About VPI

Vida Preciosa International, Inc., better known as VPI, is owned and operated by Dave and Tracy Barker. VPI is an incorporated commercial enterprise primarily involved in the captive propagation of snakes. If you're curious, vida preciosa is Spanish and translates to "precious life." It's a long story exactly how and why this name was chosen, but it accurately reflects the inspiration and motives that led to the creation of VPI, and it does give some of the flavor of the area where the business is located.

Situated about 30 miles northwest of San Antonio, Texas, about a three hour drive from the VPI: VPI, nestled in the Texas Hill CountryVPI: VPI, nestled in the Texas Hill CountryMexican border, VPI is nestled in the rough topography of the Texas Hill Country. It's a scenic area of rugged hills and bluffs dissected by canyons, dry streams and rocky clear rivers. The winters are mild, the fishing is good and the wildflowers are the prettiest in the nation.

VPI is best known for its collection of pythons-throughout the 1990s, the Barkers maintained the largest and most diverse collection of pythons in the world. During those years, more taxa of pythons were reproduced annually at VPI than at any other collection.

VPI main building: The main VPI snake houseVPI main building: The main VPI snake houseIn their long experience with pythons, the Barkers have accomplished the first captive breedings of numerous taxa and geographic races, including: Irian Jaya carpet pythons (1995), black-headed pythons (1978), Lesser Sundas pythons (1976), Borneo short-tailed pythons (1992), Sumatran short-tailed pythons (1993), barneck scrub pythons (1993), southern scrub pythons (1996), Tanimbar pythons (1997), Wetar pythons (1996), Sawu pythons (1995) New Guinea water pythons (1995), and ringed pythons (1977).

The Barkers have attempted to document much of the information and experience that has been accumulated in their herpetological and herpetocultural careers. Much of the data has been generated by VPI. To that end, they have published on a wide variety of topics in professional journals, popular magazines, and on the Internet. In 1994 they published Pythons of the World, Vol. 1, Australia, the first volume of a monograph on the pythonine snakes.

The second volume in the series was released in September 2006. Pythons of the World, Volume IIPythons of the World, Volume IIPythons of the World, Vol. II: BALL PYTHONS: The History, Natural History, Care, and Breeding is the most comprehensive and complete book ever written on one snake species. It is a landmark text in herpetoculture, setting the standard by which all future works on pythons will be measured. More volumes in the Pythons of the World series are planned.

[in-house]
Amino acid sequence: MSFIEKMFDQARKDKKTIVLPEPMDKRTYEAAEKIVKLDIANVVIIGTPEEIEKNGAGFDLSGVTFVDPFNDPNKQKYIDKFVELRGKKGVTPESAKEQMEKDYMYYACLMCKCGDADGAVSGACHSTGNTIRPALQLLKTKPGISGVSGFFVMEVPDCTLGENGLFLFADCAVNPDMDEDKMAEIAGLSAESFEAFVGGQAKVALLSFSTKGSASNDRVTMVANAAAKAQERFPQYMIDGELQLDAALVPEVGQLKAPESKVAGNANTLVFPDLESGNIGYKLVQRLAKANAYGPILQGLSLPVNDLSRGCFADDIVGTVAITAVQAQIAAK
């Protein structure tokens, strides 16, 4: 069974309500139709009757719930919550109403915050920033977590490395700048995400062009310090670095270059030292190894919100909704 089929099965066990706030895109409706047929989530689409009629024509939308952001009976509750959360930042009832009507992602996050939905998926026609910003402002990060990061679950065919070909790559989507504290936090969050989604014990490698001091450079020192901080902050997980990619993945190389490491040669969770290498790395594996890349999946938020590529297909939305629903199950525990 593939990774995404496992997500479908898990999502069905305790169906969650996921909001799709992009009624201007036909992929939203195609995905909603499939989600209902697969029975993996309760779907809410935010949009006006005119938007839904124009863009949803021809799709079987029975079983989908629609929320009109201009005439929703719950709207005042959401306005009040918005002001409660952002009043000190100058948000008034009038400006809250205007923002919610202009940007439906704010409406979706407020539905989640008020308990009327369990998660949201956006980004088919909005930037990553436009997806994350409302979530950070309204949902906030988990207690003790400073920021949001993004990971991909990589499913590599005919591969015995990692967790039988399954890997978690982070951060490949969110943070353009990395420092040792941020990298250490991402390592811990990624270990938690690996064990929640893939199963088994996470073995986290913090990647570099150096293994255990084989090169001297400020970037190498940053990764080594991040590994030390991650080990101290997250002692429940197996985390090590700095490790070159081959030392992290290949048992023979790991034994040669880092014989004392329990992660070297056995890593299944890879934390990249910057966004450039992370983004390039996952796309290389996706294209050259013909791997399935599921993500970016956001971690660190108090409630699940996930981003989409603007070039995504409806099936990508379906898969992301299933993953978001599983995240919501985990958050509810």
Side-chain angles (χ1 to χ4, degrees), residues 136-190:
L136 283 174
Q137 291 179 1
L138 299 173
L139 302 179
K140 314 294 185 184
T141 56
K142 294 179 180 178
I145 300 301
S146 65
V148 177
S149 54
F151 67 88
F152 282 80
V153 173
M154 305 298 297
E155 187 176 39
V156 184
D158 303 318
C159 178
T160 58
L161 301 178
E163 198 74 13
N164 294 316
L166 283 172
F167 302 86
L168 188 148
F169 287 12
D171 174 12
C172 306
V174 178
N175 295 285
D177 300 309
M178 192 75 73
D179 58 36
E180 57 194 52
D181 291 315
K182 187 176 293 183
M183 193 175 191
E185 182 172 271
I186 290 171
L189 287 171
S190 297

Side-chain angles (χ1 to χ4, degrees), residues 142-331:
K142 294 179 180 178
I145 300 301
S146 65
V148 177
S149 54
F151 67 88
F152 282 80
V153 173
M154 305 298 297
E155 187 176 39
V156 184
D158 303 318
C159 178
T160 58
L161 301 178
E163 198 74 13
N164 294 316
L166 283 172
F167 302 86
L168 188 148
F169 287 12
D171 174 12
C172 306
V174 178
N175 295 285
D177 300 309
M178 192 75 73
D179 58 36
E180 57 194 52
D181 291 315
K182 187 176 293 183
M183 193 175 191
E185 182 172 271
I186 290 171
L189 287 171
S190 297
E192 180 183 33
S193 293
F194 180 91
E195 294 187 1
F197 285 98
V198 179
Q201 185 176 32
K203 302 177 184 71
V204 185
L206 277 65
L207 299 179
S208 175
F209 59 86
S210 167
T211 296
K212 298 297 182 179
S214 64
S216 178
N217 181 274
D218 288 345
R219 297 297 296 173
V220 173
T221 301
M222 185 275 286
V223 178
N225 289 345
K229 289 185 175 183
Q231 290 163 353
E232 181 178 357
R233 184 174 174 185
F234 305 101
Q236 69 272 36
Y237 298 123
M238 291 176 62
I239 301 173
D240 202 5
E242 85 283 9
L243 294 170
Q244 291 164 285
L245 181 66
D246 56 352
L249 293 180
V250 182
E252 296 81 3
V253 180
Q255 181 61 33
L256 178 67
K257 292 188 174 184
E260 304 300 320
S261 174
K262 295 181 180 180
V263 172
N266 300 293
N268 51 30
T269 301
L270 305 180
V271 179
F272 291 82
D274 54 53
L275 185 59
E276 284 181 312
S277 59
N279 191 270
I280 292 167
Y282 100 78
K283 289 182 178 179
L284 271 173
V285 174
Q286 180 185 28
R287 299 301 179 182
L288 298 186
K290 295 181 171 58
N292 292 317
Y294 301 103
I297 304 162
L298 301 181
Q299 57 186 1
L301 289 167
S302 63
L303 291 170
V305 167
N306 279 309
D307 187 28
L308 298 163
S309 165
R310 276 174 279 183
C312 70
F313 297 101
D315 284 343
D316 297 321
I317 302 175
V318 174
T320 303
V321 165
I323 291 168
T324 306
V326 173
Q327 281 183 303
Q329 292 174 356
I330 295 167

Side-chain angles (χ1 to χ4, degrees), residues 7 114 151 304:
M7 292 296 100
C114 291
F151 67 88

The VPI collection of snakes has changed over the years. Today we maintain species of pythons and boas that we have come to deem as the most suitable for the greatest numbers of keepers. We have sizeable collections of blood pythons, ball pythons, Borneo short-tailed pythons, Sumatran short-tailed pythons, boa constrictors, and Kenyan sandboas. These species are easy to breed, easy to raise, thrive in captivity, are generally docile, and are small-to-medium sized snakes. Additionally, these species have established bloodlines with novel and beautiful morphs and appearances, making them the focus of a great deal of attention by many keepers around the world.

VPI has been an experiment, one that continues to change and evolve. It continues to pursue its original primary goal, to contribute to the establishment of viable self-sustaining captive populations of pythons. Navigating a course through the rapidly changing environment of the past 20 years has been both rewarding and a constant challenge. In no other period of time has herpetoculture seen so many innovations in maintenance and reproductive husbandry. We consider the period from the late 1960s to the present to be the Golden Age of Herpetoculture, and we feel fortunate to have been able to participate in all of it.

During these decades there have been dramatic additions to and changes in the collective body of knowledge and published information. The degree of public participation in herpetoculture has steadily grown and today is unequalled. The relatively recent awareness that the captive-propagation of reptiles and amphibians could be a viable commercial enterprise has been the greatest single factor influencing private and professional herpetoculture today. Factors of business and of regulation, once alien to most keepers, have become primary considerations for many in herpetoculture in the 1990s.

The future goals of VPI include a continuing emphasis on generating and publishing the most current and correct information on topics of herpetoculture and herpetology. Yes, we will continue to make great snakes, too.